, FEDERAL REPORTER.
law ofthls state that the assignee of such a cerWicncte holds it suhject to all the infirmities by which it would have been affected in the hands of the tax purchaser. Light v. West, 42 Iowa, 138. It is insisted by counsel for respondents that the tax deed can be attacked on the ground of fraud in the sale only by the owner of the land, and not by a mortgagee. In support of thIs proposition section 897 of the Code of Iowa (1873) is cited. That sectio:q, among other things, provides "that in all cases where the owner of lands sold for taxes shall resist the validity of such tax title, ·such owper may prove fraud committed by the officer selling the same, or in the purchaser to defeat the same, and if frau<l'is so established such sale' and title shall be void." While this section gives a remedy only to the owner of the land, it cannot, in my judgment, be rightly held to deny a similar remedy to others. The complainant's right to recover in the comcase does not depend upon the statute'. If a fraud hag mitted, and by it the complainant has been injured, the remedy is provided by the general principles of equity jurisprudence. It cannot be presumed that the legislature of the state intended by the provision above quoted to deprive any person of a remedy for an actual' fraud which existed independently. of the statute; Suppose the case of a fraudulent combination to deprive So mortgagee of "his security by procuring a sale of the mortgaged premises for taxes without notice to the mortgagee, and without competition among bidders. Will it' be contended that in such a case the mortgagee could have no remedy, because a remedy in a similar case is given by statute to the owner? I think not. If the statute would bear such a construotion, it is more than doubtful whether it would have the effect to deprive this court of its equity jurisdiction in such cases. U. 8. v. Howland, 4: Wheat. 108; Dodge v. Woolsey, 18 How. 347; Barber v.Barber, 21 How. 583; Lawrence v. Clark, 2 McLean, 568; Boyle v. ,6 Pet. 648; Noonan v. Lee, 2 Blaok, 500. Decree for complainant.
IN BE BLUMER.
In re W. H.
& Co., Bankrupts.*
(Di8trict Oourt, E. D. Penn8ylfJania. May 3,1882.
AND SEPARATE ASSETS-COSTS.
Where the members of a firm are adjudicated batikt'upts,'the' costs of the proceeding must, under section 36 of the bankrupt act, (1l6ction 5121, Rev. 8t.·) be afte!. apportioned pro rata between the partnership deducting the portion of the costs chargeable tothep'llrtuership there is any balance of Pllitnership assets, however small, tile creditors will not beeutitled to share pare PM8U with the separll.te'd.etlitb1'&in'the ·dis'tribq. tion of the separate estates.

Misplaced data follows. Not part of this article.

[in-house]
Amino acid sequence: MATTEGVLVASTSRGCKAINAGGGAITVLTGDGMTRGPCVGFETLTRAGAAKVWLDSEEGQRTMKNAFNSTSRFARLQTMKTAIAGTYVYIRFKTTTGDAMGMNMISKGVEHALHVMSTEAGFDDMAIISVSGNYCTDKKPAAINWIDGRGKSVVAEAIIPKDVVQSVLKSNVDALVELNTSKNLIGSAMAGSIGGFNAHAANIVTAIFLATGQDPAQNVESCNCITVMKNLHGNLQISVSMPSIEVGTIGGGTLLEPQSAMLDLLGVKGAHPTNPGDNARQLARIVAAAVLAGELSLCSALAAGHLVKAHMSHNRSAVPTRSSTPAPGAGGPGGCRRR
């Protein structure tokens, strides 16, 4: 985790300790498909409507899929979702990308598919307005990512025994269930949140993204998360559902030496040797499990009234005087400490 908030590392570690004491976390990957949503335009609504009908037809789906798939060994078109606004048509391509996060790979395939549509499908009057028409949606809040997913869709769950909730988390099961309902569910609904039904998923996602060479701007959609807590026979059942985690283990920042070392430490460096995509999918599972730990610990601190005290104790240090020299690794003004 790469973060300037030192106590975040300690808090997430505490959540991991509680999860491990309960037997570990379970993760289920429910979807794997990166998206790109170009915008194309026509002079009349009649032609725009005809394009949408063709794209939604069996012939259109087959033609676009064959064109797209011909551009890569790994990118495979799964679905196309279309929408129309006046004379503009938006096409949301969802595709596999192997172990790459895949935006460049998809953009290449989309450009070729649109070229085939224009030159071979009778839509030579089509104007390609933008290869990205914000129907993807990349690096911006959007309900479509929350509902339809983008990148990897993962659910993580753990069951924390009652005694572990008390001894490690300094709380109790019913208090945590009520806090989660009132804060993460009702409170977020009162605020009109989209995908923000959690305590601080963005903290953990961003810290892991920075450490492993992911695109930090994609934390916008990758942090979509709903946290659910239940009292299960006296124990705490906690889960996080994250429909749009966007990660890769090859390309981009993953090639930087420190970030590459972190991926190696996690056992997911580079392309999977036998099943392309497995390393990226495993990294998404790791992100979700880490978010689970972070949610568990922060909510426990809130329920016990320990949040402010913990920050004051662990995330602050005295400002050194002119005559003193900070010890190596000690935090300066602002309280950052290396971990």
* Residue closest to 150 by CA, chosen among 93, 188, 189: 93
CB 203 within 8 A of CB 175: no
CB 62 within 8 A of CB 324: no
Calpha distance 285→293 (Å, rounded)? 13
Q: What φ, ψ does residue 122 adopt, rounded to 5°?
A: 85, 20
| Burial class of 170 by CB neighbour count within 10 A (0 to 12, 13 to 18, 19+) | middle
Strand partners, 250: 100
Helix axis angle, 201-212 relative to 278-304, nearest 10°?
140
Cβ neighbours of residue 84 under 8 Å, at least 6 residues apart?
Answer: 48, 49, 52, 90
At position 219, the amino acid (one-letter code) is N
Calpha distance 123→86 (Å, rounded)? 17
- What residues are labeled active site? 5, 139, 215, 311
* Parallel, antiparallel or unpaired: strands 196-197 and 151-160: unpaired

2. SAME. . .
Semble, that if there are partnership assets the the assignee, in a costs larger than the amount of such assets, vain attempt to realize more, will not entitle the partnetlJhip Creditors to share.with the separate Creditors in the distribution of the separate estates.
This ease came hefore upon the report of' the as to the assets to and the costs chargeable against.'tbe joint and separate estates oftha bankrupts respectively.. His repott showed the following fa(Jts : .. .' .
William H. Blumer, Jesse M. Line, and William ani trading as William .R.. Blumer & Co., were adjudicated bank:rup'ts.. amounts realized from the respective estates were as follows: · $ 3,438 51 From tbe partnersbip estate, ., separate estate of W. H. Blumer, 15,122 44 51,951 14 " J . M. Line, · " .. 23,32732 " " ., W. Kern, · · All of the estates were insolvent. The partnership creditors claimed that against the $3,438.51 realized from the partnership assetssbould be set off the following amounts: Costs of clerk, marshal, register, assignee, etc., in the bankruptcy proceedings, . · $4,777 06 Costs of proofs of debt against the joint estate, 1,358 00 JUdgment in favor of the United States against the partnersbip, 796 31 entitled to priority of payment, ·
As this would more than exhaust the partnership estate, they claimed that the case was to be treated as if there were no partnership assets, and that they should share in the separate estates pari passu with the separate creditors. This claim was resisted by the latter. It appeared that the large amount of tbe costs was owing to the fact that various circumstances-including, especially, the imperfect condition ot the bankrnpts' books-rendered necessary a protracted examination for the purpose of obtaining information with
.Reported b1 Frank P. Prlehatd, Esq., of the Philadelphia bar.